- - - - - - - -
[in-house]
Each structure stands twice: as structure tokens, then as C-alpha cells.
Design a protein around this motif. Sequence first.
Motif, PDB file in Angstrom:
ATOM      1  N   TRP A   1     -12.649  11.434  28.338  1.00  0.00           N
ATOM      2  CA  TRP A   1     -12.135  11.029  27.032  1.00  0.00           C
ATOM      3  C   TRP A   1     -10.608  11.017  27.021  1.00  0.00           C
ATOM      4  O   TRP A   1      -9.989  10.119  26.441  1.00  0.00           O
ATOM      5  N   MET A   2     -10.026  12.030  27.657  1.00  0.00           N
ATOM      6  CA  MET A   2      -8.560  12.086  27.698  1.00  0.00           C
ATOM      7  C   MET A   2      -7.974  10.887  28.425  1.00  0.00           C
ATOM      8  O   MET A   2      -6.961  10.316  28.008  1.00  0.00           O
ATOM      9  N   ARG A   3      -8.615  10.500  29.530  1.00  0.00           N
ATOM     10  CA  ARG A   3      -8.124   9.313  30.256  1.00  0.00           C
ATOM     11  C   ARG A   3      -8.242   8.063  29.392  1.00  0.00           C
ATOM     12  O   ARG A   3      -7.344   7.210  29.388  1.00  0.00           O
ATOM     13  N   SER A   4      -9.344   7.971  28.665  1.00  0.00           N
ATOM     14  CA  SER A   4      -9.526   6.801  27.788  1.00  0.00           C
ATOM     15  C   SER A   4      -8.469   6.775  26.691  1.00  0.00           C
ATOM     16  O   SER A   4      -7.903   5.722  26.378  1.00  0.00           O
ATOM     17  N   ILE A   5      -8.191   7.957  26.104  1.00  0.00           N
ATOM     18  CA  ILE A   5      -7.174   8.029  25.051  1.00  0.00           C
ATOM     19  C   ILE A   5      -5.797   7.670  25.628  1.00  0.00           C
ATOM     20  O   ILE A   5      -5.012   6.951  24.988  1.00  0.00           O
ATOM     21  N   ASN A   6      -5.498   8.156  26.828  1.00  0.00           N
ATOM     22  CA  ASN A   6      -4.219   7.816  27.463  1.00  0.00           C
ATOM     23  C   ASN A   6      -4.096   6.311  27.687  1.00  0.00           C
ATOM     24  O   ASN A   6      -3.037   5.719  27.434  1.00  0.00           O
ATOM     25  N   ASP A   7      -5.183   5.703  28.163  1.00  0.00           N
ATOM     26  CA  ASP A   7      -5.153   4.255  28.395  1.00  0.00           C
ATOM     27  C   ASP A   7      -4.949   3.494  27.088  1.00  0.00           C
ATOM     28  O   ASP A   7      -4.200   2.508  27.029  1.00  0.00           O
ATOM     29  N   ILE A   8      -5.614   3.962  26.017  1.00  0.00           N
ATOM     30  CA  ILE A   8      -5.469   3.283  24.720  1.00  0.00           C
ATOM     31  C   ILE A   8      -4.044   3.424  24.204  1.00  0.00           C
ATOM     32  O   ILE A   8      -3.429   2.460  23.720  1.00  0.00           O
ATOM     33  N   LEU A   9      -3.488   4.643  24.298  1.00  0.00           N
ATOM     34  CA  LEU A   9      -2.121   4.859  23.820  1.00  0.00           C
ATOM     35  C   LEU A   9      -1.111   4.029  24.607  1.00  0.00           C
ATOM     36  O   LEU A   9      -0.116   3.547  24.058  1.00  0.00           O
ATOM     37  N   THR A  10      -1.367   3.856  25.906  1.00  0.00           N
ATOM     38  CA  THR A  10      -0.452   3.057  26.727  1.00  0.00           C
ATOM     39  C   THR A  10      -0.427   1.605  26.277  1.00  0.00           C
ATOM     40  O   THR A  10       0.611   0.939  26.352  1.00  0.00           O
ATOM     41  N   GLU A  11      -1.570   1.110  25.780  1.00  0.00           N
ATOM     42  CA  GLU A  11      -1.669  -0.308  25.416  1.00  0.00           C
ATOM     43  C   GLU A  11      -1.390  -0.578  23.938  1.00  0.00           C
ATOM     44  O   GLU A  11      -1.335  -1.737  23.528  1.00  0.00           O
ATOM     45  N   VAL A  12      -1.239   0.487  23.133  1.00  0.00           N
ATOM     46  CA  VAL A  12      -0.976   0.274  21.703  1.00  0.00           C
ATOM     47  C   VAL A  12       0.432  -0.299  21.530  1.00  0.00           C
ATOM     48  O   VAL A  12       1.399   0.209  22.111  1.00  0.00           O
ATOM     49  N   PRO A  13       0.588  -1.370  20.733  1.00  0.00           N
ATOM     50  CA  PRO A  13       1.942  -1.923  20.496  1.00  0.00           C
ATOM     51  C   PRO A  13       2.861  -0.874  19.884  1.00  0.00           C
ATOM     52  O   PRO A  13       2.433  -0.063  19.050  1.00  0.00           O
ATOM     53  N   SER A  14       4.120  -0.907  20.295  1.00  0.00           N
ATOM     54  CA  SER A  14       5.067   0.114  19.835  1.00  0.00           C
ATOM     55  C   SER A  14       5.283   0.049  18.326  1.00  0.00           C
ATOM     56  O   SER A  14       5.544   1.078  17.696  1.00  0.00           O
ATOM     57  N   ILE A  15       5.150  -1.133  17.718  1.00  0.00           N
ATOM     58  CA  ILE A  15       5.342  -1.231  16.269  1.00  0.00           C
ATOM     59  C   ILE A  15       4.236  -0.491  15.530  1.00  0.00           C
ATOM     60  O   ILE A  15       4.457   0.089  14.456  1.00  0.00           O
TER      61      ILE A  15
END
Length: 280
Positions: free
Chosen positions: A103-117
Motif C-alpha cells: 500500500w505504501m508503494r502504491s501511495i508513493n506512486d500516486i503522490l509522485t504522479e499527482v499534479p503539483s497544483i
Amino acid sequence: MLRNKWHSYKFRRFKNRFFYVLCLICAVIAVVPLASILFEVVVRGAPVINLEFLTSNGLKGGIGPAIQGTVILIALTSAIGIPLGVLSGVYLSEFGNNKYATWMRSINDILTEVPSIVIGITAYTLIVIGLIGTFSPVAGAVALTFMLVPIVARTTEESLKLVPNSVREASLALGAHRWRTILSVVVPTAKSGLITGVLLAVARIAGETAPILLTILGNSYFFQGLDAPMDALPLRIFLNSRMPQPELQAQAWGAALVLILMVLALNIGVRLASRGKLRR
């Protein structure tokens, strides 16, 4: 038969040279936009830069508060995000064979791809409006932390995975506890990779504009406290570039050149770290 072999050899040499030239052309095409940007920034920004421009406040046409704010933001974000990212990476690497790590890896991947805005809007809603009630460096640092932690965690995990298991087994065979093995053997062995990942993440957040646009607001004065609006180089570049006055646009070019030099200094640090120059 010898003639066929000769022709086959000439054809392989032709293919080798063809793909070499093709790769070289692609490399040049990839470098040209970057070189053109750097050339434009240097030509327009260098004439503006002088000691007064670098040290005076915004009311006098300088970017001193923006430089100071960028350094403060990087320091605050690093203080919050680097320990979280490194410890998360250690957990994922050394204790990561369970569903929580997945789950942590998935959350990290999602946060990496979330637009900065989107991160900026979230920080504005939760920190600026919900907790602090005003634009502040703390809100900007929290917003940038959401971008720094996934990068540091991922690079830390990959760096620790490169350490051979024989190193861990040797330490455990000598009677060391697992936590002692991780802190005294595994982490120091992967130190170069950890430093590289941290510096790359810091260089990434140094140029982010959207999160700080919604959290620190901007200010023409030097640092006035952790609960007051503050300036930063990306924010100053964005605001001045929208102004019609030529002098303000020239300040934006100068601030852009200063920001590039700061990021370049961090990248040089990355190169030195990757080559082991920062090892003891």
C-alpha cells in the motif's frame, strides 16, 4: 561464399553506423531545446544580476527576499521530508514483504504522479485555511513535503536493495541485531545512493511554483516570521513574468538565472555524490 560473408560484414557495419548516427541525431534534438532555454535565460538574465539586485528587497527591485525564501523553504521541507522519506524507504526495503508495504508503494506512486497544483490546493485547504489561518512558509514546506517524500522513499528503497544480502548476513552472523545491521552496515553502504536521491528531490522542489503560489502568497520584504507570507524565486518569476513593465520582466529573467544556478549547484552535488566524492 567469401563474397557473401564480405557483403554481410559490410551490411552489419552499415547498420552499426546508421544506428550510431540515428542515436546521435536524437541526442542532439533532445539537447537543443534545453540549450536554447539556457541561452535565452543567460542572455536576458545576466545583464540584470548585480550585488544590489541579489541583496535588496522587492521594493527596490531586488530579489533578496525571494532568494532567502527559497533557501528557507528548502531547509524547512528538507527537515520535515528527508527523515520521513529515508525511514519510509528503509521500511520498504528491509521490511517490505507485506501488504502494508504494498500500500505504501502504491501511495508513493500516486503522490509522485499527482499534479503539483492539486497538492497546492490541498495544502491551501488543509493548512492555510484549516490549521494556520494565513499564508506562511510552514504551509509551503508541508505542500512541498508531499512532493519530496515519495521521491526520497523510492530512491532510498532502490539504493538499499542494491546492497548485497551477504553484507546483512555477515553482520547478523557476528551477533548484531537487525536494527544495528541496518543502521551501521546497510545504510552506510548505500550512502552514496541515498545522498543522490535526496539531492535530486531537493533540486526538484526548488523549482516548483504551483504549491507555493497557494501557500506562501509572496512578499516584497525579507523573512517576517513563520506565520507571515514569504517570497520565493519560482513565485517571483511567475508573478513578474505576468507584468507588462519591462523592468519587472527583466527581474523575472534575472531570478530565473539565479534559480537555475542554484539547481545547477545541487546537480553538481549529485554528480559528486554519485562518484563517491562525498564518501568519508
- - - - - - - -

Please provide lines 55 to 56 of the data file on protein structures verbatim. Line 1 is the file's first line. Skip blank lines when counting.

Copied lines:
ATOM     51  C   PRO A  13       2.861  -0.874  19.884  1.00  0.00           C
ATOM     52  O   PRO A  13       2.433  -0.063  19.050  1.00  0.00           O